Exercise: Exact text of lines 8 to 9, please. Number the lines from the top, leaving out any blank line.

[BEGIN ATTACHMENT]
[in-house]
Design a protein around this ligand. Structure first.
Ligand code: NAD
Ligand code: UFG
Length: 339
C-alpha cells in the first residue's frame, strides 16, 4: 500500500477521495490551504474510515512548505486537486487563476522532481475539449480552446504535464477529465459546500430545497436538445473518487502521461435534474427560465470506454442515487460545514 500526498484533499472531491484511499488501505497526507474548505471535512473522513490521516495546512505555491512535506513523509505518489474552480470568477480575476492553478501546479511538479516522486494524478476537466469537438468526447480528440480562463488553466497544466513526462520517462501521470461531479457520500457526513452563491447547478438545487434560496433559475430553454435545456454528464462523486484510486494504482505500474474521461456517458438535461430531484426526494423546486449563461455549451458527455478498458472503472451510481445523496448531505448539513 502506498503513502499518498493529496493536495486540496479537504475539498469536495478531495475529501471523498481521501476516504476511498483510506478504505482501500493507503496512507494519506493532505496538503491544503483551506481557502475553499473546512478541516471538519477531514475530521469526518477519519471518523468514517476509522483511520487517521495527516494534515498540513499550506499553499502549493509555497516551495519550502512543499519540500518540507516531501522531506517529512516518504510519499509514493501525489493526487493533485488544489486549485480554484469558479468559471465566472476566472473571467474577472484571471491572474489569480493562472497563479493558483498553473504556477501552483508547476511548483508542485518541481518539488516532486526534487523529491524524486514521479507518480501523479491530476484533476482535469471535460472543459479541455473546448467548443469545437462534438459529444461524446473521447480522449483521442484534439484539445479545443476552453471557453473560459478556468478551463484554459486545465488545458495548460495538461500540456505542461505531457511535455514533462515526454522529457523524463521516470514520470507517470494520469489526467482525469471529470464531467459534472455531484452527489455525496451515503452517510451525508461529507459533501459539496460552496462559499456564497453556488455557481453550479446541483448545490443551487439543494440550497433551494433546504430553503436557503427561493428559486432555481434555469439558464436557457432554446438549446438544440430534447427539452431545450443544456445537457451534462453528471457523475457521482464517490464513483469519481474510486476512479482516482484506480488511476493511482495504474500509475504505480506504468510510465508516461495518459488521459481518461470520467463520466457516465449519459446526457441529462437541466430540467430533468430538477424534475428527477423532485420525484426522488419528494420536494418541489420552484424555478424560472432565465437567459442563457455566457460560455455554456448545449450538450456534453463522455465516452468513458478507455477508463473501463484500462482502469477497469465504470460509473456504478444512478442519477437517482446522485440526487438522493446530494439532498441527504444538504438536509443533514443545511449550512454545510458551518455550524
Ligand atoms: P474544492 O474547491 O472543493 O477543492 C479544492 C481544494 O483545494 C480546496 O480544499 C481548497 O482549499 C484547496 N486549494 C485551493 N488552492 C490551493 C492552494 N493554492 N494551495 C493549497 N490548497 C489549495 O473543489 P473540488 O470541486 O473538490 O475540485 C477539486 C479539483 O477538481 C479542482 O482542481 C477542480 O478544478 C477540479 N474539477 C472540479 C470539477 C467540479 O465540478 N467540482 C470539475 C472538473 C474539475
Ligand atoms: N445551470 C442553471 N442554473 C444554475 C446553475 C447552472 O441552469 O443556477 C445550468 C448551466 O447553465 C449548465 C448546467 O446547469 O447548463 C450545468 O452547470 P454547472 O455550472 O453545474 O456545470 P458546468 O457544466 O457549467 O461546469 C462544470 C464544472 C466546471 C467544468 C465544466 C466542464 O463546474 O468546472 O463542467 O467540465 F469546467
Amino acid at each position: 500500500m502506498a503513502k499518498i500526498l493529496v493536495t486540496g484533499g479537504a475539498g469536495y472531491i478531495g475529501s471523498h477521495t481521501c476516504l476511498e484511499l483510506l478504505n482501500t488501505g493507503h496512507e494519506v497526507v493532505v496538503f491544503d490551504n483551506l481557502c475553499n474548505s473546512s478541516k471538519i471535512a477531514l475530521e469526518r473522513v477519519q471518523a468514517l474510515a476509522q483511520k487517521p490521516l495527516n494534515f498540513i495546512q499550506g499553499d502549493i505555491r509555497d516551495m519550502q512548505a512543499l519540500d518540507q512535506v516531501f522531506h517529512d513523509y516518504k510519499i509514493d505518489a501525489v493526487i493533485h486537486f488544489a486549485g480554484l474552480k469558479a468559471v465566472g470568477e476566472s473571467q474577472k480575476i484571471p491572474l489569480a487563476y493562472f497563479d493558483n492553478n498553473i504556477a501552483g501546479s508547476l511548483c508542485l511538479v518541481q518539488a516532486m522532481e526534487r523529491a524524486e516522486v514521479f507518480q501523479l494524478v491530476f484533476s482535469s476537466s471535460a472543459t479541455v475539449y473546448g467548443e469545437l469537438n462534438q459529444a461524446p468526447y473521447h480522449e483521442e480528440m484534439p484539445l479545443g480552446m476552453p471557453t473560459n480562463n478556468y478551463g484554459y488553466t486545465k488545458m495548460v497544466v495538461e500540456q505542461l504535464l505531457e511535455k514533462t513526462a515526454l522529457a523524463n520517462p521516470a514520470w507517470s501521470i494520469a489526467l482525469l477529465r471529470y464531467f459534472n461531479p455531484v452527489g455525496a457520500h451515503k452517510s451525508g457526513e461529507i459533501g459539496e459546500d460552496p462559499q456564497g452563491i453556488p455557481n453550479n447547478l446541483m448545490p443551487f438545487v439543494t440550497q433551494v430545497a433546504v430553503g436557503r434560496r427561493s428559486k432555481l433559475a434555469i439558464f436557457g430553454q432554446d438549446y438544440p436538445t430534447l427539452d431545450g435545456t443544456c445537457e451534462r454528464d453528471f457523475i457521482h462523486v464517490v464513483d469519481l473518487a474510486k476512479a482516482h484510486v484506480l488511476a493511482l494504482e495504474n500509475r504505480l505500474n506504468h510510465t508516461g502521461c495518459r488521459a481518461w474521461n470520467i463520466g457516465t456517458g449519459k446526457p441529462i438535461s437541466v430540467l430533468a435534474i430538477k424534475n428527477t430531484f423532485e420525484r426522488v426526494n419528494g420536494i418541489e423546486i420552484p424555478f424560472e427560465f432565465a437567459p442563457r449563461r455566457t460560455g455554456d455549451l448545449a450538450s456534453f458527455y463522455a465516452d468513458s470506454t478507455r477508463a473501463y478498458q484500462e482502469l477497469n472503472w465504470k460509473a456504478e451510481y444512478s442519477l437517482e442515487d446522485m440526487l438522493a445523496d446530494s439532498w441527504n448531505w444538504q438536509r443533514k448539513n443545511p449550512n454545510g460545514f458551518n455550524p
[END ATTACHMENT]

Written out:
Ligand atoms: N445551470 C442553471 N442554473 C444554475 C446553475 C447552472 O441552469 O443556477 C445550468 C448551466 O447553465 C449548465 C448546467 O446547469 O447548463 C450545468 O452547470 P454547472 O455550472 O453545474 O456545470 P458546468 O457544466 O457549467 O461546469 C462544470 C464544472 C466546471 C467544468 C465544466 C466542464 O463546474 O468546472 O463542467 O467540465 F469546467
Amino acid at each position: 500500500m502506498a503513502k499518498i500526498l493529496v493536495t486540496g484533499g479537504a475539498g469536495y472531491i478531495g475529501s471523498h477521495t481521501c476516504l476511498e484511499l483510506l478504505n482501500t488501505g493507503h496512507e494519506v497526507v493532505v496538503f491544503d490551504n483551506l481557502c475553499n474548505s473546512s478541516k471538519i471535512a477531514l475530521e469526518r473522513v477519519q471518523a468514517l474510515a476509522q483511520k487517521p490521516l495527516n494534515f498540513i495546512q499550506g499553499d502549493i505555491r509555497d516551495m519550502q512548505a512543499l519540500d518540507q512535506v516531501f522531506h517529512d513523509y516518504k510519499i509514493d505518489a501525489v493526487i493533485h486537486f488544489a486549485g480554484l474552480k469558479a468559471v465566472g470568477e476566472s473571467q474577472k480575476i484571471p491572474l489569480a487563476y493562472f497563479d493558483n492553478n498553473i504556477a501552483g501546479s508547476l511548483c508542485l511538479v518541481q518539488a516532486m522532481e526534487r523529491a524524486e516522486v514521479f507518480q501523479l494524478v491530476f484533476s482535469s476537466s471535460a472543459t479541455v475539449y473546448g467548443e469545437l469537438n462534438q459529444a461524446p468526447y473521447h480522449e483521442e480528440m484534439p484539445l479545443g480552446m476552453p471557453t473560459n480562463n478556468y478551463g484554459y488553466t486545465k488545458m495548460v497544466v495538461e500540456q505542461l504535464l505531457e511535455k514533462t513526462a515526454l522529457a523524463n520517462p521516470a514520470w507517470s501521470i494520469a489526467l482525469l477529465r471529470y464531467f459534472n461531479p455531484v452527489g455525496a457520500h451515503k452517510s451525508g457526513e461529507i459533501g459539496e459546500d460552496p462559499q456564497g452563491i453556488p455557481n453550479n447547478l446541483m448545490p443551487f438545487v439543494t440550497q433551494v430545497a433546504v430553503g436557503r434560496r427561493s428559486k432555481l433559475a434555469i439558464f436557457g430553454q432554446d438549446y438544440p436538445t430534447l427539452d431545450g435545456t443544456c445537457e451534462r454528464d453528471f457523475i457521482h462523486v464517490v464513483d469519481l473518487a474510486k476512479a482516482h484510486v484506480l488511476a493511482l494504482e495504474n500509475r504505480l505500474n506504468h510510465t508516461g502521461c495518459r488521459a481518461w474521461n470520467i463520466g457516465t456517458g449519459k446526457p441529462i438535461s437541466v430540467l430533468a435534474i430538477k424534475n428527477t430531484f423532485e420525484r426522488v426526494n419528494g420536494i418541489e423546486i420552484p424555478f424560472e427560465f432565465a437567459p442563457r449563461r455566457t460560455g455554456d455549451l448545449a450538450s456534453f458527455y463522455a465516452d468513458s470506454t478507455r477508463a473501463y478498458q484500462e482502469l477497469n472503472w465504470k460509473a456504478e451510481y444512478s442519477l437517482e442515487d446522485m440526487l438522493a445523496d446530494s439532498w441527504n448531505w444538504q438536509r443533514k448539513n443545511p449550512n454545510g460545514f458551518n455550524p